In the world of startups, learning from failures is an inescapable reality, and part of the prevalent conventional wisdom. That is how the ecosystem and entrepreneurs move forward to greater heights, and with more successes.
But in the burgeoning blockchain segment, we haven’t seen that many failures yet. At least, not at the scale and variety required to extract long-lasting lessons for the entire industry. And certainly, not enough to warrant a call for an imminent crash or correction.
Failures are important because their sum results in a new body of knowledge that is rich with useful insights and best practices.
An aftermath of real failures can make the whole blockchain ecosystem more resilient, because it will result in revealing the boundaries and realities of what’s possible, useful, absurd, impossible, repeatable, and scalable; out of everything that appears plausible and innovative at the beginning.
There are a few lessons from recent blockchain failures, but not enough.
Ethereum’s ICO bitcoin reserves losses
Lessons: It is a good practice to hedge against cryptocurrency fluctuations, after raising your tokens. [Editor’s note: “ICO” stands for “Initial Coin Offering,” similar in concept to an “Initial Public Offering.”]
Background: In 2014, the price of Bitcoin took a downturn from $600 to $250 right after Ethereum raised their ICO, in essence reducing the Ethereum Foundation’s budget and holdings that were largely kept in Bitcoin. Hedging in cryptocurrency was still not widely practiced in 2014.
The Mt. Gox and Bitfinex thefts
Lessons: Security in cryptocurrency exchanges is extremely important. Although they are improving at it, cryptocurrency exchanges do not have bank-grade security, let alone consumer insurance against deposits. Therefore, users with lots at stake are still at some risk, and need to take the security of their coins storage in their own hands, or at least diversify where they hold their cryptocurrency.
Lessons: Mixing law and finance in Smart Contracts is not easy, and can result in grave consequences, if the code weaknesses can be exploited. A weakness in the code is not just like a bug that can be forgotten after it is fixed. Plus, you can’t fully automate what you haven’t had a depth of experience in.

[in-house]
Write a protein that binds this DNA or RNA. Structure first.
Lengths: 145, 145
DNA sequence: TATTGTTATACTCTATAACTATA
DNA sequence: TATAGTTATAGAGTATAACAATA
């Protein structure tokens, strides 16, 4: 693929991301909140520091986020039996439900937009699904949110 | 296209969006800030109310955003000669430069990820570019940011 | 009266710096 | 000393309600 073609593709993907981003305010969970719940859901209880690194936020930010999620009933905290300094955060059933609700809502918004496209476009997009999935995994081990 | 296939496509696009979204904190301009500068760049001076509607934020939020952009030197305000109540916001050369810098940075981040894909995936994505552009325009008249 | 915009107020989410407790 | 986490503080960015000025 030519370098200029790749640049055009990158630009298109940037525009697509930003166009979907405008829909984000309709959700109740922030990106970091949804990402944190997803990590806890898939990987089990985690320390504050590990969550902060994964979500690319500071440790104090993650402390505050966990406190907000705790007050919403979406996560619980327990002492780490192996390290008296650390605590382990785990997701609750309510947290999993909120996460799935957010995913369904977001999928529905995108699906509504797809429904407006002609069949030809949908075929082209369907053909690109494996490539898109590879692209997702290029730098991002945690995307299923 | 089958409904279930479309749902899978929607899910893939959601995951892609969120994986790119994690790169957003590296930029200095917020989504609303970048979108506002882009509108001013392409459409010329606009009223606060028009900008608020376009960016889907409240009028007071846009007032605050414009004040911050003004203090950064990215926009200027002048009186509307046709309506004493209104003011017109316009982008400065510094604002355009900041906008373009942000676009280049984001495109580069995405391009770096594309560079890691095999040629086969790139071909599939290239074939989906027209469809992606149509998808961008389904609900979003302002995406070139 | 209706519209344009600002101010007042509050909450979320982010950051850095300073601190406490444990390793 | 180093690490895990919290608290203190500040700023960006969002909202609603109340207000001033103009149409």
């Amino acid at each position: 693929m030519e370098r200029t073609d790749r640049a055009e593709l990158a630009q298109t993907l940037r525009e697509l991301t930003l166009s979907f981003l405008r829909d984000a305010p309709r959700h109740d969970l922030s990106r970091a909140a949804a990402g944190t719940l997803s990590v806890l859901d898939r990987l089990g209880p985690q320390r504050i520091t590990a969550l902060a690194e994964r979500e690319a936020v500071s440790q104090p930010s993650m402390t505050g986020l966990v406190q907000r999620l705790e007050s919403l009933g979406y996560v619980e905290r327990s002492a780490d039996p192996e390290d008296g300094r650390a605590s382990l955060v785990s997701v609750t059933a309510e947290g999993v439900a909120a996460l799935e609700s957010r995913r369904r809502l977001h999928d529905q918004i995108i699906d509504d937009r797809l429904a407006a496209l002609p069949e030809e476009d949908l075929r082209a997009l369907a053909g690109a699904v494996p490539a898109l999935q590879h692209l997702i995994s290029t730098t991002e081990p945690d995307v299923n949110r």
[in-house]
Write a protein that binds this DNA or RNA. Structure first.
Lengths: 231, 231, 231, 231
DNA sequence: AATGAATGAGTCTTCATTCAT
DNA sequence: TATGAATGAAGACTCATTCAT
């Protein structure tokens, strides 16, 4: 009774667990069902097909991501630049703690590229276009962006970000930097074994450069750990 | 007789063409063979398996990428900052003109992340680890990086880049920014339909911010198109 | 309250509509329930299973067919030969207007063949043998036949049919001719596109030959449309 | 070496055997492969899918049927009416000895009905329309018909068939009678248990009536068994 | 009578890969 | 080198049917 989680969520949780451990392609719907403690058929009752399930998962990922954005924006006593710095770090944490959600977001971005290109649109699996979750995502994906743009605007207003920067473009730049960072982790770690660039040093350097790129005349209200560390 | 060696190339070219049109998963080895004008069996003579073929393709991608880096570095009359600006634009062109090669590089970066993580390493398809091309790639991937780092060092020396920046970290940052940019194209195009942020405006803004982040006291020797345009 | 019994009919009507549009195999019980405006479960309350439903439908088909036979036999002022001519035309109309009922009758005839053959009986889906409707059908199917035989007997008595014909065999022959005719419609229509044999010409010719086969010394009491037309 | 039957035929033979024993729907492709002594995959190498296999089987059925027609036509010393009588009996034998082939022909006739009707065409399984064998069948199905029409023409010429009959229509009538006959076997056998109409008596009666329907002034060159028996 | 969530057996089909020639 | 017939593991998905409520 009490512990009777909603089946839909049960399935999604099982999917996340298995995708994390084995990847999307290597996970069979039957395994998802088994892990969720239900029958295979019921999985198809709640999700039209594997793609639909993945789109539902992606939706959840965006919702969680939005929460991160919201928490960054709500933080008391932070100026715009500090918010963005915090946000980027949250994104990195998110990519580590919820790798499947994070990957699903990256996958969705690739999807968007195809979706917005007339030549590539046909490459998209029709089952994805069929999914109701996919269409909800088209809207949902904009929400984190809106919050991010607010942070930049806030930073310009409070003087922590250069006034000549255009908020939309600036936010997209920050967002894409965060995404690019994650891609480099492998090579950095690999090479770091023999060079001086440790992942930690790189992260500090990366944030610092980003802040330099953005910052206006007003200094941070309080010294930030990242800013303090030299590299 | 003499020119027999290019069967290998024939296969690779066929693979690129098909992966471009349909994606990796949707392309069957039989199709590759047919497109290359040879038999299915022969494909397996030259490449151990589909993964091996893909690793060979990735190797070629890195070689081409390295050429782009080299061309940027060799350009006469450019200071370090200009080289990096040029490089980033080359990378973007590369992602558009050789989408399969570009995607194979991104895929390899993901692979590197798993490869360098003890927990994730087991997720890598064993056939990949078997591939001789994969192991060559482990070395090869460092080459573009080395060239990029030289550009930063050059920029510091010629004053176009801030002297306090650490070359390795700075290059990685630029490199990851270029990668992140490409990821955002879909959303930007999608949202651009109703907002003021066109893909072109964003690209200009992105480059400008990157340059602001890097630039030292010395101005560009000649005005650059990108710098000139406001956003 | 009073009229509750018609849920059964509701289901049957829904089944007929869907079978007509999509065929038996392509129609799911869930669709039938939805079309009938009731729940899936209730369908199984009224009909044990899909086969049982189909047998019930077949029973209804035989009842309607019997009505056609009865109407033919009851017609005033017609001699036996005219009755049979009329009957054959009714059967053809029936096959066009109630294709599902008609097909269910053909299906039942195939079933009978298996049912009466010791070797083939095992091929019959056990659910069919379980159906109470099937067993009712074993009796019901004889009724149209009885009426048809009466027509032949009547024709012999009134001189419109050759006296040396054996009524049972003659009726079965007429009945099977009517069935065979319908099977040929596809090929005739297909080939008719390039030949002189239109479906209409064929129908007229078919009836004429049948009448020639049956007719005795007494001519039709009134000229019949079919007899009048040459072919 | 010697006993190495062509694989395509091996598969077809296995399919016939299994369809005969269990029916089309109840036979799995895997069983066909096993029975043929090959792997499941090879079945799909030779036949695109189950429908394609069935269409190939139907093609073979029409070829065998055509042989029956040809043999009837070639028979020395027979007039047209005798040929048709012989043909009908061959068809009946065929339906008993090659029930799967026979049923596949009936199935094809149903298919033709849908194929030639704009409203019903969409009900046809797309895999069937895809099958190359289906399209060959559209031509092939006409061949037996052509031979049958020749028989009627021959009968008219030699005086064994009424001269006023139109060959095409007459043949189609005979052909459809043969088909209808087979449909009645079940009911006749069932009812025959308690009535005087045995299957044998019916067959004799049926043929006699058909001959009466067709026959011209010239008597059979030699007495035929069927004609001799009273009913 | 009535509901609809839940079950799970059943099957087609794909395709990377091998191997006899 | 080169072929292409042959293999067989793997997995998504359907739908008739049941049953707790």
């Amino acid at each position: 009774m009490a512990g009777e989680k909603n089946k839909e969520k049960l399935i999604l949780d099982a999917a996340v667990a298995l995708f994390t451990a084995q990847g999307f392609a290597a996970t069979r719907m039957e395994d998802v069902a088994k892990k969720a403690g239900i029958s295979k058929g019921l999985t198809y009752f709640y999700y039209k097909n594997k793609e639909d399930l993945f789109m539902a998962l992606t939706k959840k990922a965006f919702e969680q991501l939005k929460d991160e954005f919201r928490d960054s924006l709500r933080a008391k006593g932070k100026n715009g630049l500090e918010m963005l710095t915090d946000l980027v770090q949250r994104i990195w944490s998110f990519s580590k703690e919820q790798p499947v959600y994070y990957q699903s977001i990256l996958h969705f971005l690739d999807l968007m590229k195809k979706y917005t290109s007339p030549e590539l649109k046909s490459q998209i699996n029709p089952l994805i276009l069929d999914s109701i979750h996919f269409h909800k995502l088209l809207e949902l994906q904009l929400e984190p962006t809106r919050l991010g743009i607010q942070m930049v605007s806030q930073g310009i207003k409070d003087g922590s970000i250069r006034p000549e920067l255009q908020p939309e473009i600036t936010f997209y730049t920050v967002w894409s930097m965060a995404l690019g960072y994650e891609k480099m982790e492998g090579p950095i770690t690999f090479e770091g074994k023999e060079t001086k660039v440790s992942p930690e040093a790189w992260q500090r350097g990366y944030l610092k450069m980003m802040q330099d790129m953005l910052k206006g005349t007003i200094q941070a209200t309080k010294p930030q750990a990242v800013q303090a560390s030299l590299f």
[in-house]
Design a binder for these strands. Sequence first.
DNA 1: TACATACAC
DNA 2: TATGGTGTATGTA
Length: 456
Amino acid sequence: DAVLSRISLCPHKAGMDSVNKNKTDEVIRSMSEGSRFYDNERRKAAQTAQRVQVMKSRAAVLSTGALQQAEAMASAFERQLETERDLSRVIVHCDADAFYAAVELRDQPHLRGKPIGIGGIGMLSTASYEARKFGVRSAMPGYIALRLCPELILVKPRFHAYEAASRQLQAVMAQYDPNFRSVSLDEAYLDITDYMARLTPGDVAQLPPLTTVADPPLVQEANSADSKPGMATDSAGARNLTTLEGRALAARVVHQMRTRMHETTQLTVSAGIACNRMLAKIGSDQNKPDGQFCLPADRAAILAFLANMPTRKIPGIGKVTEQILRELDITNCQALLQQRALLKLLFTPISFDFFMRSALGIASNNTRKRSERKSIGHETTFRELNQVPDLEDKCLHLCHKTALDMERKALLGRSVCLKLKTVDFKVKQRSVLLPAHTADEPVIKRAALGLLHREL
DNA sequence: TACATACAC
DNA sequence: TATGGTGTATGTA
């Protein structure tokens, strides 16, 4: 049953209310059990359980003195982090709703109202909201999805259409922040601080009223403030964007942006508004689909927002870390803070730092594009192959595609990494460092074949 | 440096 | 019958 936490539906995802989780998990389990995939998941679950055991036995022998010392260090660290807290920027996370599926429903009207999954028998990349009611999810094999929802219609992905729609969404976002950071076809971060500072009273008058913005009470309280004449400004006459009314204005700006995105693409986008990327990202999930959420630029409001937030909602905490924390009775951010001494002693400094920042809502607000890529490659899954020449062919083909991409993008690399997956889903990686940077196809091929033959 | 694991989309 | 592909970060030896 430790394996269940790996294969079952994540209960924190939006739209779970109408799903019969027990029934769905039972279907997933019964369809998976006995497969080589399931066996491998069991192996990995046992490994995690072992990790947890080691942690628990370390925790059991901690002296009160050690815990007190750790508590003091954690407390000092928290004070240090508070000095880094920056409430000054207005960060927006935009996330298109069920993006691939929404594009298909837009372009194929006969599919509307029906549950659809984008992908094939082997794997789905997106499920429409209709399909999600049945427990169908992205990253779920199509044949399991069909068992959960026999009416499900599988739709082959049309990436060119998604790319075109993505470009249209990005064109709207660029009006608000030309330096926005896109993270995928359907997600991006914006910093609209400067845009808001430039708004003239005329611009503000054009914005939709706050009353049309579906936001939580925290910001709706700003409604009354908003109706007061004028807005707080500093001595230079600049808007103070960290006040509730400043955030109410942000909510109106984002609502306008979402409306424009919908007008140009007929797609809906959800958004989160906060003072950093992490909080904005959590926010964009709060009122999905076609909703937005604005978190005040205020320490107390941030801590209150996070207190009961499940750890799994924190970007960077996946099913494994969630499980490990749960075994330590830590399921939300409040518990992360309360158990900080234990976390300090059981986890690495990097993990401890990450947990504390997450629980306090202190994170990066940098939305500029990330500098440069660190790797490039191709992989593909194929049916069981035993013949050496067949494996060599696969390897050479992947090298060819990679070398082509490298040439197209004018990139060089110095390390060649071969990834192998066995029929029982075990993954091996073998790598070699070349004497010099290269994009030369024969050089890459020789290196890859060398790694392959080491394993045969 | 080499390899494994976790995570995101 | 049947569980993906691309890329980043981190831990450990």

More failures needed
These were just a handful of early failures, and there aren’t nearly enough of them. What they have in common is the resulting definitive best practices and real lessons for going forward. But we need more failures, of the spectacular kind.
The ones to expect might fall in the following categories:
• ICOs that raise money, but don’t deliver, a year or two after launch.
• Entrepreneurs that default on their promise to bring a product to the market.
• More scams, thefts, and plain stupid moves.
• Attempts to apply the blockchain or tokens where they don’t fit.
• Hypotheses with exaggerated claims where the blockchain is the hammer, and everything is a nail.
• Lack of transparency resulting in delayed surprises that reveal the emperor had no clothes.
There are other areas where we need to see more clarity. These aren’t failures, but they are developing subjects that could benefit from some standardization of best practices. Among them:
• Ratios of token ownerships: Is 20% the maximum that a foundation/protocol or ICO app should keep? What if they control 80% of the tokens?
• Governance of token-based organizations: What is the right model for open, transparent, public practices around decentralized cryptocurrency governance?
• Valuations: The rush to ICOs is causing valuations to leap forward, ahead of value—whether they are protocols, software solutions or applications. To what extent will market tolerance persist without serious repercussions?
Waiting for second acts
Many blockchain project categories are in the first renditions of such attempts to apply blockchain technology. Typically, second iterations have higher success rates, and reach higher grounds.
• Amazon and YouTube were not the first attempts at e-commerce or video broadcasting. Previously launched similar service offerings failed, and gave precedence to the eventual success of the two aforementioned giants.
• Ethereum was conceived after seeing some limitations in Bitcoin and colored coins.
• Steemit was Dan Larimer’s second act, after lessons learned from Bitshares.
Let’s not forget that the Web’s early years were filled with spectacular failures.
Webvan, Pets.com, eToys, Flooz, Dr.Koop.com, and Kozmo are some of these failures. They each carried lessons in avoidance, and their second-act derivatives were much more successful.
In sum, it would be OK to push the limits further in order to witness a greater intensity of failures. It would be acceptable to overshoot beyond what’s possible, so we can regroup and see the real playing field.
If we agree that an eventual crash is inescapable, that crash typically happens only after many mistakes are made.
It is my opinion that we will need to see more, bigger, and more-damaging failures in order to complete the circle of madness and early recklessness that accompanies early market formations, including the need to see more startups shutting down. Only then, can we start to predict that an imminent crash possibility is around the corner.
I would really like to see more of these failures and excesses, in part to rush the crash, but also to amass the lessons we need to learn, in order to continue growing further ahead.
If we do that, we would complete the circle of madness and early recklessness that accompanies early markets formation, and once again prove the validity of Carlota Perez’ perennial model.
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